change in west Cork after Cromwell's visit
Continuing our look back on some of the excellent articles
which appeared in the Castletownbere Christmas Newsletter
in the 1980s. The following article was submitted by Micheal
Hanley formerly of the Square, Castletownbere, and a Manager
of AIB in Tuam Co. Galway, for a number of years.
Sadly Michael passed away last May (RIP). Each year without
fail Micheal wrote a special article for the Newsletter,
which we will bring back over the next few years.
In this article Cromwellian Confiscations in Beare
and Bantry one can understand the research that went
into it. The first confiscations in Beara took place before
Cromwells time. The chiefs of two McCarthy sets, one
in the half-barony of Beare, the second in the half barony
of Bantry, were both killed in action in the Desmond Rebellion,
and the sept lands were forfeited to the Crown. It was in
Cromwells day, however, the native Irish lost all
The names of the twenty forfeiting tituladoes, as given
in John OHarts The Irish and Anglo-Irish Landed
Gentry when Cromwell Came to Ireland (p.276) are as follows:
The spelling is given as in the original. (1) Daniel OSullivan
Beare. (2) Cahil OSullivan, Beare. (3) Owen McShane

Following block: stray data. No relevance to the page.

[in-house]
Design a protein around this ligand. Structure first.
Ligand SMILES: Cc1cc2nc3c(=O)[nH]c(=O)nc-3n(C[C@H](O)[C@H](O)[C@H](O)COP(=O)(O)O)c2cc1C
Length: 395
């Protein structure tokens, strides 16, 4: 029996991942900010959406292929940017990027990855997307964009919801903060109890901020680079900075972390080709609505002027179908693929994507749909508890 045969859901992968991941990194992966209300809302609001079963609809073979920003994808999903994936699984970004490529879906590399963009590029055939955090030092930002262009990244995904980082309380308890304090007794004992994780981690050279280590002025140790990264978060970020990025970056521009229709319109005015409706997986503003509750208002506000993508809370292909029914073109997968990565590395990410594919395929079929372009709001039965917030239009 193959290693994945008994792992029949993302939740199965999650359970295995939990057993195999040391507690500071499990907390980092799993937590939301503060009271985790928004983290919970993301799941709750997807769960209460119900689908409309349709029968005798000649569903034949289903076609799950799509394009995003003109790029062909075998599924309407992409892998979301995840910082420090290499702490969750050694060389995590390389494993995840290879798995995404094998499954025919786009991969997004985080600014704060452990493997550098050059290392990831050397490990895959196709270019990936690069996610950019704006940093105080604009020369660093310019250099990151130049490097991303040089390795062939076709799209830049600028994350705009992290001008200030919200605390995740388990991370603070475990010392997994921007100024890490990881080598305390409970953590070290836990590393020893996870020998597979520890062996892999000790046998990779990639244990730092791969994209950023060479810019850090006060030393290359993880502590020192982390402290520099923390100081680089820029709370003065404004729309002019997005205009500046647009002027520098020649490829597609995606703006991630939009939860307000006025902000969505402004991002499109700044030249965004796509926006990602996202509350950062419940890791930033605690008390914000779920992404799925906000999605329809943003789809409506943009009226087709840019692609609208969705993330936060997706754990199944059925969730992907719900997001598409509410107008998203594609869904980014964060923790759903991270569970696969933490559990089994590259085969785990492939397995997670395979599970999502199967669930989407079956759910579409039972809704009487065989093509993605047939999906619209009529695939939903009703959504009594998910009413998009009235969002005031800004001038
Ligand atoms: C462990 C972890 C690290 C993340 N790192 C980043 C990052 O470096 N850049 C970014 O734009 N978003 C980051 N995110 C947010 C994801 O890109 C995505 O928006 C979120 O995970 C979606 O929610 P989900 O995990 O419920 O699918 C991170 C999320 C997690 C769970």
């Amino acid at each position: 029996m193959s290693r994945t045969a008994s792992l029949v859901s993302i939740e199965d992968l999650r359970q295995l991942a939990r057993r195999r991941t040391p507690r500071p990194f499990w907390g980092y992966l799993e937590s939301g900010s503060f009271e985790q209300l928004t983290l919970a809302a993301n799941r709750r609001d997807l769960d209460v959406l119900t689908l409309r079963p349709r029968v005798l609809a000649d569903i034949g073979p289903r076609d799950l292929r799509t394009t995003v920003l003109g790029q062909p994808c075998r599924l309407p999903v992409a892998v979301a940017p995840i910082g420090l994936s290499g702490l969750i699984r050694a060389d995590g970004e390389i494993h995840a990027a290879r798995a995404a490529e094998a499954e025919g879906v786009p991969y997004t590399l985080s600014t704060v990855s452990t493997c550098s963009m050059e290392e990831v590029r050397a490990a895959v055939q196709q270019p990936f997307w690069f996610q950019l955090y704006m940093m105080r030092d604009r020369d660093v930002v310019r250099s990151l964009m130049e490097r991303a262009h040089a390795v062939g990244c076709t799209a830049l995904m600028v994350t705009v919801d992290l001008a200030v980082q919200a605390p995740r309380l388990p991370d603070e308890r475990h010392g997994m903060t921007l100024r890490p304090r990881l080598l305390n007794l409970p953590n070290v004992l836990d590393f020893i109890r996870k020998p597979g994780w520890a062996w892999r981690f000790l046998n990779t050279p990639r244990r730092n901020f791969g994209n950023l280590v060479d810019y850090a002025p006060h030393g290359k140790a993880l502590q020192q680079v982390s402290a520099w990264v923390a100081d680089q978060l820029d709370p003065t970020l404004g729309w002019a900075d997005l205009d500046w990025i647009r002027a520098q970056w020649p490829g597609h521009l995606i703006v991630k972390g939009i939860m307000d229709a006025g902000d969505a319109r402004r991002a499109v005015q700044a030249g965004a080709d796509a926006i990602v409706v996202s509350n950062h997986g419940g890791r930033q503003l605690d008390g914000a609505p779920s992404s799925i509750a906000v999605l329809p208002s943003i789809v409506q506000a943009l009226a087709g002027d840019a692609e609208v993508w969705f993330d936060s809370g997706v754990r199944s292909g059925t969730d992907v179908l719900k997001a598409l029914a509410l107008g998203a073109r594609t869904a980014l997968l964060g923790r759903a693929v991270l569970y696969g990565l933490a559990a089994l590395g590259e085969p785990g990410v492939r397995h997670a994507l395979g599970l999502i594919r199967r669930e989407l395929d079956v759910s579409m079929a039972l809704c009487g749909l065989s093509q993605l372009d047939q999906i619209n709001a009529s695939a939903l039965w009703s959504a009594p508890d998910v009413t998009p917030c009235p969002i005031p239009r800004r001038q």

Boy. (4) Thomas Browne. (5) Teige Buy. (6) Owne McDooling.
(7) Owne McFynin Duff. (8) Teige McDaniell. (9) Tfynin McDermott.
(10) Donogh McKnogher ODonogane. (11) Mortogh McDaniell.
(12) Owen McTfynin. (13) Rory McTfynin. (14) Dermot McTfynin.
(15) Randolph Linihigane. (16) Dermott OLiney, alias
The OLiney. (17) Owen Riegh. (18) Murtagh McDaniell
Sullivane. (19) Owen McTeig Sullivane. (20) Owen McTeig
It is worth noting that sixteen of the twenty tituladoes
are OSullivans (1) Donal OSullivan Beare far
and away the greatest landholder in Beara. During the 1641
Rebellion he was a Colonel in the Confedrate Army. As well
as taking his share in the fighting, he was sent on diplomatic
missions to the Continent. He was eldest son of Owen Ogue,
and grandson of Sir Owen OSullivan Beare.
If chieftainships had not been extinguished he would unquestionably
have been chief of his nation. He married a daughter of
Viscount Clare not the first OBrien marriage
made by an OSullivan Beare, as Donal Cams mother
was a daughter of the Earl of Thomand. Among his own people
he was known Donal Cron (the Swarthy). He was not the first
of his line to hold that name, for an ancestor of Donal
Cam, chieftain in his day, was also known as Donal Cron.
After the Restoration in 1660 he petitioned the King for
the return of his lands. I have seen a long letter from
King Charles, ordering that he be restored to all the lands
he held before the Cromwellian confiscations. However, despite
this and his continued plea neither he nor any of the nineteen
others ever got as much as a rood back.
Title had changed several times in many cases, the King
was insecurely seated on his throne, the Roundhead faction
was still strong in England, and indolent, clever Charles,
remembering his wandering youth, was resolved, no matter
what else happened, not to go on his travels
again (2) Cathal OSullivan Beare. Note the full title.
It seems probable that he was a younger brother of Donal
Cron. The other OSullivans were probably decendants
of Sir Owne, or heads of venous septs. (3) Owne McShane